It may be that the currency is sitting right at the bottom of a bearish descending triangle with critical support at 0.70 cents and 0.68 cents:
But the bulls won’t go away, via Bloomie:
The Aussie’s recent declines are overdone and it will strengthen about 5 per cent to 74 US cents by year-end, said Juan G. Perez, senior foreign-exchange trader and strategist at Tempus, part of the Monex Group that submitted the most accurate prediction for the currency in Bloomberg’s first-quarter rankings.
“Developments in trade are what can turn the tide, and fast,” Washington-based Perez said this week. “There is room for growth and as Oceania activity picks up with renewed infrastructure projects, the Aussie could surprise.”
…Tempus isn’t the only one predicting Aussie gains. Bank of America last month forecast the currency will rise to 78 cents by year-end as the trade war fizzles out, while Goldman Sachs recommended going long to capitalise on improving Chinese growth.
You can add NAB to that:
- Repeated attempts to break the 0.7000 level have failed since October 2018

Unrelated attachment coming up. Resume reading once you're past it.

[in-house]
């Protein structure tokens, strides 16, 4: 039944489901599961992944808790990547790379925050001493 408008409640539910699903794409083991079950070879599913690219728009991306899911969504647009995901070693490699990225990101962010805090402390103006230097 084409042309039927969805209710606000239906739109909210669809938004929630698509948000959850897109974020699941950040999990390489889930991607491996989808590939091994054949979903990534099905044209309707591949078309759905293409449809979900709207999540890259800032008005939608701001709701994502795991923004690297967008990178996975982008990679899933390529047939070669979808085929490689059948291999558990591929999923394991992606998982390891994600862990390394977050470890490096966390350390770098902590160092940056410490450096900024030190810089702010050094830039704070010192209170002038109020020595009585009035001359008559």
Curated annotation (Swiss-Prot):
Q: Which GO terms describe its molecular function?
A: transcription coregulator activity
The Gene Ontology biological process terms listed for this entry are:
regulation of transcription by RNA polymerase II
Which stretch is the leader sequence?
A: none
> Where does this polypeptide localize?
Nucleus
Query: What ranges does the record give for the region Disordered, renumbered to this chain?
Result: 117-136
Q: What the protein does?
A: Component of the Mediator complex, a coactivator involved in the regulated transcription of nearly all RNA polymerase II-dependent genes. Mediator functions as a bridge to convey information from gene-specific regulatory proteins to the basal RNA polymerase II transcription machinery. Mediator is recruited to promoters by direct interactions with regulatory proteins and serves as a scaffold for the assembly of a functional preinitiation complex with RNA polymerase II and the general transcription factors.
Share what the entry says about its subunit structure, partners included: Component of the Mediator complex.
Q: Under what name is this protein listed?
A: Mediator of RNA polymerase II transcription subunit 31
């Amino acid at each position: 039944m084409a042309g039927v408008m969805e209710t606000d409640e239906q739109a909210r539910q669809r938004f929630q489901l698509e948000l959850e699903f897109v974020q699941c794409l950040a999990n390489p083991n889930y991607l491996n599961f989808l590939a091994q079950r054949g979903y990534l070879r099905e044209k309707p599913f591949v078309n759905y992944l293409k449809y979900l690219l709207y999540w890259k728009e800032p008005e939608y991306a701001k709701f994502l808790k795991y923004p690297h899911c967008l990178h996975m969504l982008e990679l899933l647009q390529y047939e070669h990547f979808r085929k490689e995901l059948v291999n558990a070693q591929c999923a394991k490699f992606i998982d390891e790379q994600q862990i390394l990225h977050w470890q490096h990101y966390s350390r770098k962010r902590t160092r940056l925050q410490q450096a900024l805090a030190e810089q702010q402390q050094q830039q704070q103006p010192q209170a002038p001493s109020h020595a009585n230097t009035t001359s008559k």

- MT support below 0.7000 remains firm. Only upon a weekly close below 0.6985/95 would we rethink our view that AUDUSD remains in a 0.70/0.74 MT range. Depending upon the severity of the break this may give cause to lower the proposed multi-month range to 0.68/0.72.
- LT momentum has maintained a positive bias in 2019 and confirms our positive multi-month outlook.
- AUD/USD is yet to produce any tangible bullish MT triggers. As such the timing of a renewed upswing is unclear. One-month target at 0.7200. Three-month target at 0.7350.
I agree based upon the argument that Chinese credit stimulus will continue and lift European growth in H2 as US growth eases on the fiscal cliff, exciting markets about US easing (which isn’t coming). That should be enough to give the EUR and AUD a lift for a bit.
But I only see this as a tradable rally. US growth should stay firm in 2020 and the USD remain strong in the trend. Plus, the RBA will be forced into two more rate cuts in 2020 (assuming the corrupt notion of APRA cuts does not take hold), even as bulk commodities correct on new supply and what will be only be a weak Chinese rebound.
In short, we’re sifting Europe for bargains right now.